Law’s Materials

Cornelia Vismann, Files: Law and Media Technology (Geoffrey Winthrop-Young trans.) (Stanford University Press, 2008).

This month, I would like to draw legal historians’ attention to an intriguing book, the late Cornelia Vismann’s Files: Law and Media Technology. Vismann (1961 – 2010) was a German legal historian and media theorist whose work needs, in my view, to be far better known among American legal scholars.  I had the privilege of meeting Vismann once, years ago, at a conference in Cleveland.  It was hard not to be impressed by her brilliance.

At its most basic, Files provides a history of, well, files: those ubiquitous, daunting, overwhelming, often crushingly tedious accompanists of law.  Fiction has concerned itself occasionally with files—one thinks of famous works by Kafka and Melville—but academics (especially legal academics) have not often done so.  We think of law in all kinds of ways—as a system of ideas, as a form of politics, as a means of exercising power, as a way of shaping social practice, as the troubled realization of justice—but not enough in terms of its materiality, its existence as sheaves of papers inserted into folders, as a forest of folders.  And yet, for much of its history, law has been unimaginable without files of one kind or another.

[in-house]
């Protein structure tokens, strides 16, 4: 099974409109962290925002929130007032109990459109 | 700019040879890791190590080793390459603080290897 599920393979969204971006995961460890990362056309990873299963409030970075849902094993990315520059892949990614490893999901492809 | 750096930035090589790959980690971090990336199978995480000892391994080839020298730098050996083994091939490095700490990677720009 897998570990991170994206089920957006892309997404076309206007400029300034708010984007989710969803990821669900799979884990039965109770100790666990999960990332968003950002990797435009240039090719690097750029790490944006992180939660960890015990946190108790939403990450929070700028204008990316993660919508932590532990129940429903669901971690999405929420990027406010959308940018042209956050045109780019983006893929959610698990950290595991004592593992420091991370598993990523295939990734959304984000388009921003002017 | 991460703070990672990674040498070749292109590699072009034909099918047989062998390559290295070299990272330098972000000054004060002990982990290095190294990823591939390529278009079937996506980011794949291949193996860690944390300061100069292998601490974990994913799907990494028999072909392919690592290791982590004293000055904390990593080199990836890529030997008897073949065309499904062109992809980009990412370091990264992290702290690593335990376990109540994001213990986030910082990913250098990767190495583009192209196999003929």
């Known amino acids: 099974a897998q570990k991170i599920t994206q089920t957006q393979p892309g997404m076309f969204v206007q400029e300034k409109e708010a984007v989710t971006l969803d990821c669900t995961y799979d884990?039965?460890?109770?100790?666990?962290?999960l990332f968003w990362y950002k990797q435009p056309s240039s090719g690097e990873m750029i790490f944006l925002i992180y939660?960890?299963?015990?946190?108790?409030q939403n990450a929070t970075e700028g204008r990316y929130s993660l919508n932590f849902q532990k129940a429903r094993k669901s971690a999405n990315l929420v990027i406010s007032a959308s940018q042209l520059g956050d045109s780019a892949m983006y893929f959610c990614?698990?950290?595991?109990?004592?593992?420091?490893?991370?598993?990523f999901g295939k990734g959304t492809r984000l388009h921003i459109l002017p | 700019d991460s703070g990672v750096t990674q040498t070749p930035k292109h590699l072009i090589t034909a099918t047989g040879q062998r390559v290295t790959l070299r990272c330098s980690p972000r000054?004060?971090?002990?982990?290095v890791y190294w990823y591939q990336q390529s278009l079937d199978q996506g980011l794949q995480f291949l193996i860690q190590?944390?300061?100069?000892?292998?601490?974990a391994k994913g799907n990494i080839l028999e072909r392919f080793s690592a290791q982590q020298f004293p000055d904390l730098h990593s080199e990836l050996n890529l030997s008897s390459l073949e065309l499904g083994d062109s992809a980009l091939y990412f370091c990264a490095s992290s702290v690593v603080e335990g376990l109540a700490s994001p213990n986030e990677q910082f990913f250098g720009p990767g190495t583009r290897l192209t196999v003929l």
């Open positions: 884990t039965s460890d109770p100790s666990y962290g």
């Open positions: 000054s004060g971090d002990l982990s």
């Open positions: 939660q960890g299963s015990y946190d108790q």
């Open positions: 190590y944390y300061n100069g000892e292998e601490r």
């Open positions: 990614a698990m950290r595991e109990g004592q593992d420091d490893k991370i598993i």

It is a tribute to Vismann’s inventiveness as a scholar that she chose to make files objects of knowledge.  She chose to do so, furthermore, through recourse to a range of scholarly techniques and perspectives.  In the book, she is at once literary theorist, psychoanalyist, a science-and-technology studies (“STS”) scholar, historian, and legal philosopher.  She offers us a series of “cuts,” as it were into the vast, unknown, history of files and filing techniques, showing us how different ways of processing information enabled different kinds of legal subjectivities.  I, for one, knew little about the stakes of the technological shift from papyrus to parchment.  Many legal historians, I imagine, will be similarly situated.  This is a fascinating story, worth reading for its own intrinsic interest.

This challenging book will offer different things to different people.  I make no claim to capture everything it has to offer.  In what remains, accordingly, I will highlight just two of the issues raised by the book that speak to my own current intellectual preoccupations.